A major 6.9-magnitude quake struck Peru's Pacific coast on Friday, sparking panic among residents in the capital Lima and several other cities but no known fatalities.
The epicenter of the quake, which struck at 1854 GMT, was located about 300 kilometers (185 miles) southeast of Lima, the US Geological Survey reported.
Thousands of people evacuated buildings in Lima, which has a population of 8.5 million, and other cities.
Civil defense officials said three people were slightly wounded and two adobe buildings collapsed in the city of Ica, some 250 kilometers southeast of Lima and only about 50 kilometers from the epicenter.
The quake struck at a depth of 35 kilometers, the USGS said.
On August 15, 2007, an earthquake near the same spot with a magnitude of 7.9 devastated Ica province, killing some 600 people and causing extensive damage to area buildings and infrastructure.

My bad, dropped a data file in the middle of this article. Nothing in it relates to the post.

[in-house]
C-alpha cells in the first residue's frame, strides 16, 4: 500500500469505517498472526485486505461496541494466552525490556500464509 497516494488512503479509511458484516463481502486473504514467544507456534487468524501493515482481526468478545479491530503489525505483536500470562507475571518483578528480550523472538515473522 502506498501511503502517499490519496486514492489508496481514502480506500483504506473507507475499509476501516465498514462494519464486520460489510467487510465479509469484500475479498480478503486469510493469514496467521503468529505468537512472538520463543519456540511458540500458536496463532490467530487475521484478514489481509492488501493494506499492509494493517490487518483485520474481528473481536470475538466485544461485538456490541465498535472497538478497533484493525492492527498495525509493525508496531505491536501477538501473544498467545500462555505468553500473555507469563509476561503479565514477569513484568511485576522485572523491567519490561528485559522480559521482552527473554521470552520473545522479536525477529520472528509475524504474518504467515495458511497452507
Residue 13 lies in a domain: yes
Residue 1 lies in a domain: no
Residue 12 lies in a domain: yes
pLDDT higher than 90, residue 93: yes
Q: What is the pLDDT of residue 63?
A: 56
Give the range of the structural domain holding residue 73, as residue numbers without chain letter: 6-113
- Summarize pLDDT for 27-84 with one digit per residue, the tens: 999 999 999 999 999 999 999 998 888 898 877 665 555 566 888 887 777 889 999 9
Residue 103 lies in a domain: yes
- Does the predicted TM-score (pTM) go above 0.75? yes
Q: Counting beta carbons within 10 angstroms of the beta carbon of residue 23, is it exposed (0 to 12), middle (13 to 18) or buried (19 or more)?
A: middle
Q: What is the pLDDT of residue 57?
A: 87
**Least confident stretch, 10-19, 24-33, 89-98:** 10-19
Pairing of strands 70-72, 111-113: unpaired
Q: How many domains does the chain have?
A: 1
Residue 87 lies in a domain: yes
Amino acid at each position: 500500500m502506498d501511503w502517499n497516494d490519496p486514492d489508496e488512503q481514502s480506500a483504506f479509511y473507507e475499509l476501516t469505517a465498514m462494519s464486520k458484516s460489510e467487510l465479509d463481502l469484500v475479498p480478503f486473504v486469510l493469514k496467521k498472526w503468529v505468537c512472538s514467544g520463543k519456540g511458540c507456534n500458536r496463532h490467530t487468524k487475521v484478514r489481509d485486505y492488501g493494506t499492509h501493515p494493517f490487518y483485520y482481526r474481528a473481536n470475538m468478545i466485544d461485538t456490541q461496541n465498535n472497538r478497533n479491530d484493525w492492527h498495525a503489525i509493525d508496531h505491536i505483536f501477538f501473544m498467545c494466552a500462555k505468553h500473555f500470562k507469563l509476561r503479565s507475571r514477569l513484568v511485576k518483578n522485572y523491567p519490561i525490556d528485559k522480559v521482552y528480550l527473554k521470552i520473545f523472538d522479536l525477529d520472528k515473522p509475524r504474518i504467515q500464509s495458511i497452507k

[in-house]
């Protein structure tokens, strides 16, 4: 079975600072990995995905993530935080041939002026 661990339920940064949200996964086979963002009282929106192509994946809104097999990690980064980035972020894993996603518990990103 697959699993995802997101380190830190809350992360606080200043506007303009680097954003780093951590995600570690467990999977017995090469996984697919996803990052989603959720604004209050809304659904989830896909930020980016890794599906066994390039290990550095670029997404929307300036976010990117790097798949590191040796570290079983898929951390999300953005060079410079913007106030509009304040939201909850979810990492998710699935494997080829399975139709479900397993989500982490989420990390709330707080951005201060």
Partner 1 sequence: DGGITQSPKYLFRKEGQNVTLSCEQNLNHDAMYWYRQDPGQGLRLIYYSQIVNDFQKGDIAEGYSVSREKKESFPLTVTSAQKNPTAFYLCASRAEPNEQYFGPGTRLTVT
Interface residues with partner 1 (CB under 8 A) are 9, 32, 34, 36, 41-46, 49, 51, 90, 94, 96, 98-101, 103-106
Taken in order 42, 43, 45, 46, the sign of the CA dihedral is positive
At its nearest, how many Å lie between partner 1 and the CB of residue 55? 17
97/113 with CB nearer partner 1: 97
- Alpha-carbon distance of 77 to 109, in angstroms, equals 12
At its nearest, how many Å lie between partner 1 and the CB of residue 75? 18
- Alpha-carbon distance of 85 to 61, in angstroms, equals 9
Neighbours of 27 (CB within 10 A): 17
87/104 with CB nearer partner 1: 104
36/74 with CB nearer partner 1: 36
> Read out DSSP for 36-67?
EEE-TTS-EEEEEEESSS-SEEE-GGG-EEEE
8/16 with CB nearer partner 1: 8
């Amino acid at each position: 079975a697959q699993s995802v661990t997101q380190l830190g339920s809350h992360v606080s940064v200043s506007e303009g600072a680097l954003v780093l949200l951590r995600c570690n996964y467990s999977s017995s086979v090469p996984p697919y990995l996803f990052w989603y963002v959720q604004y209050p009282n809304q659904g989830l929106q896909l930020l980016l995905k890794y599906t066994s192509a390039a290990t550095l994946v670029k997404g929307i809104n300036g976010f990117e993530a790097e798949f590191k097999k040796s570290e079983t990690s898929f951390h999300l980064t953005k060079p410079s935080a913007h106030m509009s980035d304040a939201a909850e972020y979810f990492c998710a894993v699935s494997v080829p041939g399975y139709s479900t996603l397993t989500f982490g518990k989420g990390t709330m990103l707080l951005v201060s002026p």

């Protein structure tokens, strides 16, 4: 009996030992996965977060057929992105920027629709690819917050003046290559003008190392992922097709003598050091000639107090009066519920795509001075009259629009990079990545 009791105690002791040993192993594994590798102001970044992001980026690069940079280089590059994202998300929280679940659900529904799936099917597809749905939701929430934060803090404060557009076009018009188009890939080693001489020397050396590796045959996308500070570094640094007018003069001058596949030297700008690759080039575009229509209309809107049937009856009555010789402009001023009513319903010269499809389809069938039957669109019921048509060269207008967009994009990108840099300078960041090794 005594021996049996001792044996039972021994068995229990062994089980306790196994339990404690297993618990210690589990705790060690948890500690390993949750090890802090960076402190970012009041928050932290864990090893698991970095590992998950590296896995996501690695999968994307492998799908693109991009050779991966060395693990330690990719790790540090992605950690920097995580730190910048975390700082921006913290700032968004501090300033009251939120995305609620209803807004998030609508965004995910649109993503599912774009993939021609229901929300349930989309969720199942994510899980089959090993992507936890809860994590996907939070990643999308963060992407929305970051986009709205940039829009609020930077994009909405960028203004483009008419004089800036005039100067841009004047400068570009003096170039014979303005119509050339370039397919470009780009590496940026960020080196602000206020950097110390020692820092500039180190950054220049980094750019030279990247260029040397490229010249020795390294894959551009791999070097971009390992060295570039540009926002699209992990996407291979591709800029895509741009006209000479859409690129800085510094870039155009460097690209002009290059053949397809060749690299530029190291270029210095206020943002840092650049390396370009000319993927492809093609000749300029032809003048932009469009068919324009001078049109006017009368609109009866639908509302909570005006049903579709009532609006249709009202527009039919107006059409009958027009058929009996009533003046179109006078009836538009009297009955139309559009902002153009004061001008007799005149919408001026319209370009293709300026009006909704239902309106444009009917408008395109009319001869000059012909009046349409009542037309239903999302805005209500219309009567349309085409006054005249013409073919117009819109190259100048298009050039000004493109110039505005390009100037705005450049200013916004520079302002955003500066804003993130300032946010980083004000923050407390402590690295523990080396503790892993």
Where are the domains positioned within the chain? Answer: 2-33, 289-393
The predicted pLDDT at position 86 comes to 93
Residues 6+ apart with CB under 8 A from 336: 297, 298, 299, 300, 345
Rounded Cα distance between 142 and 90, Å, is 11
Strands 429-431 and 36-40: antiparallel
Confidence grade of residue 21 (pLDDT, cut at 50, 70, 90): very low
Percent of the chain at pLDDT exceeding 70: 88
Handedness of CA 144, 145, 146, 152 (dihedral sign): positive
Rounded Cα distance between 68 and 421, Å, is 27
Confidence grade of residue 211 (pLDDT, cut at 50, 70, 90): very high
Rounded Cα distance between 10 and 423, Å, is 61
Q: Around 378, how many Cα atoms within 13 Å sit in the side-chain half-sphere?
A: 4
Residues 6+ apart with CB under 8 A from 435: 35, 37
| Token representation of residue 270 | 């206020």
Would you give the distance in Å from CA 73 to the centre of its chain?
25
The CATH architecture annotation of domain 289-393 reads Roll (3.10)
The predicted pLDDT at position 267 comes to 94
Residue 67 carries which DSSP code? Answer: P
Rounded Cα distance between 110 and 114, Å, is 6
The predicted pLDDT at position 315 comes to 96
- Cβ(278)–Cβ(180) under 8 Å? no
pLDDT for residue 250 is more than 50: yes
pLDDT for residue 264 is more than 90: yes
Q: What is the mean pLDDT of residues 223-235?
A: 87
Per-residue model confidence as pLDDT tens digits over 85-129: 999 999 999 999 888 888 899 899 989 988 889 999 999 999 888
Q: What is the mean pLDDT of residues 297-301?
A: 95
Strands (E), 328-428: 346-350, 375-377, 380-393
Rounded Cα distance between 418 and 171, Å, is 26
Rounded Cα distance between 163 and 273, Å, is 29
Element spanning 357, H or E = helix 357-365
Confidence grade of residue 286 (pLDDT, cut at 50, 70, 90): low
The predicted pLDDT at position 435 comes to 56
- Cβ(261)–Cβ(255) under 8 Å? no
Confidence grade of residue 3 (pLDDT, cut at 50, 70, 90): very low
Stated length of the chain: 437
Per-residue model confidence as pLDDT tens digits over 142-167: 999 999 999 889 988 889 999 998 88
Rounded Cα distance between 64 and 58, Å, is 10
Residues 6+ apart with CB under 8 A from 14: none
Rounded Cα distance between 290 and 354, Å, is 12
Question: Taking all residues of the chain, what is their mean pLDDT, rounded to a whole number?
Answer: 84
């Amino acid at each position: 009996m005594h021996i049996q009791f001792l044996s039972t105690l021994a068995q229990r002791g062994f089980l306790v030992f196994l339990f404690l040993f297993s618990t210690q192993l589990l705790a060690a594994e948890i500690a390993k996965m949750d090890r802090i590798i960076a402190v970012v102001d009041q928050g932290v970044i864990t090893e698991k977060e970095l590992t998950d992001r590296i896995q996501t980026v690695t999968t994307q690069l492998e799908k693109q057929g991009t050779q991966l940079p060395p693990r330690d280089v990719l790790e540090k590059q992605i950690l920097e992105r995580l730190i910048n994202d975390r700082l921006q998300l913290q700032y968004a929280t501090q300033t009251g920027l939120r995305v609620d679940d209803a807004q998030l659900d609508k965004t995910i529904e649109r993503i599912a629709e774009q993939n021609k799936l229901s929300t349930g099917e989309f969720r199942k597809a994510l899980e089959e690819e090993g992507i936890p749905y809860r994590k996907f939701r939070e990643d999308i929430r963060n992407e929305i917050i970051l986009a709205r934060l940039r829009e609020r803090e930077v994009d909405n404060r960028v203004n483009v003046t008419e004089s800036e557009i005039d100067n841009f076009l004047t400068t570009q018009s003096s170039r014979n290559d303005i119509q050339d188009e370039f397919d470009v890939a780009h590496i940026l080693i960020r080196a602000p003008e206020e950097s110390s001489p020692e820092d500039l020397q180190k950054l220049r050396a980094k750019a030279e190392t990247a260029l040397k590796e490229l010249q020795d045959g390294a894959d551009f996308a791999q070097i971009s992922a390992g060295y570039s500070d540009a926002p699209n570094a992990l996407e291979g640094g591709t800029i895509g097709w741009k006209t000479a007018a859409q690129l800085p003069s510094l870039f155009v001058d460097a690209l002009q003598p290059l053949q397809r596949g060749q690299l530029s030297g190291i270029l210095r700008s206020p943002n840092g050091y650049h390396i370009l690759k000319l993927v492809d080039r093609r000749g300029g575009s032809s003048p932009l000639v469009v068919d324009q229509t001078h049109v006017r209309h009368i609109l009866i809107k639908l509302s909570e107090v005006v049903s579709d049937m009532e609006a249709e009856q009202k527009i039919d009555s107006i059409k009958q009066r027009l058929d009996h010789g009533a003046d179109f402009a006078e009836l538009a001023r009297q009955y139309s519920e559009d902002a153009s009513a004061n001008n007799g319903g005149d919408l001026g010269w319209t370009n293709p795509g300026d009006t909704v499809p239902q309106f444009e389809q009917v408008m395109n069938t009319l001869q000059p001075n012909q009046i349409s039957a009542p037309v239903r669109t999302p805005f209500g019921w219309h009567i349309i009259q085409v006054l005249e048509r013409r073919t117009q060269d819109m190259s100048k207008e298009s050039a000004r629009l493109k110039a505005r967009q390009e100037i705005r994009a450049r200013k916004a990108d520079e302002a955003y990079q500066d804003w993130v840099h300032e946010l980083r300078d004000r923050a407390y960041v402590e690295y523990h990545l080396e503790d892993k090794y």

President Ollanta Humala urged Peruvians, especially those in Ica -- where three strong aftershocks were felt -- to stay calm.
"We have army engineering units there that will fix whatever needs to be repaired immediately," he said, speaking from a summit of regional leaders in Paraguay.
Friday's quake was felt most acutely in the coastal area around Ica, which is the provincial capital, and south of Lima.
But it was also felt in the high Andes "in cities like Cusco, Arequipa and Ayacucho, though it was less intense there," said Hernan Tavera, head of Peru's Geophysical Institute, which monitors earthquakes locally.
Some phone lines were cut, but most appeared to have been quickly restored.
Peruvian civil defense authorities said there was no threat from a tsunami.
In 2009, more than 140 earthquakes with magnitudes of 4.0 and above were felt in Peru, located on what geologists call the Pacific Ring of Fire due to its intense seismic activity.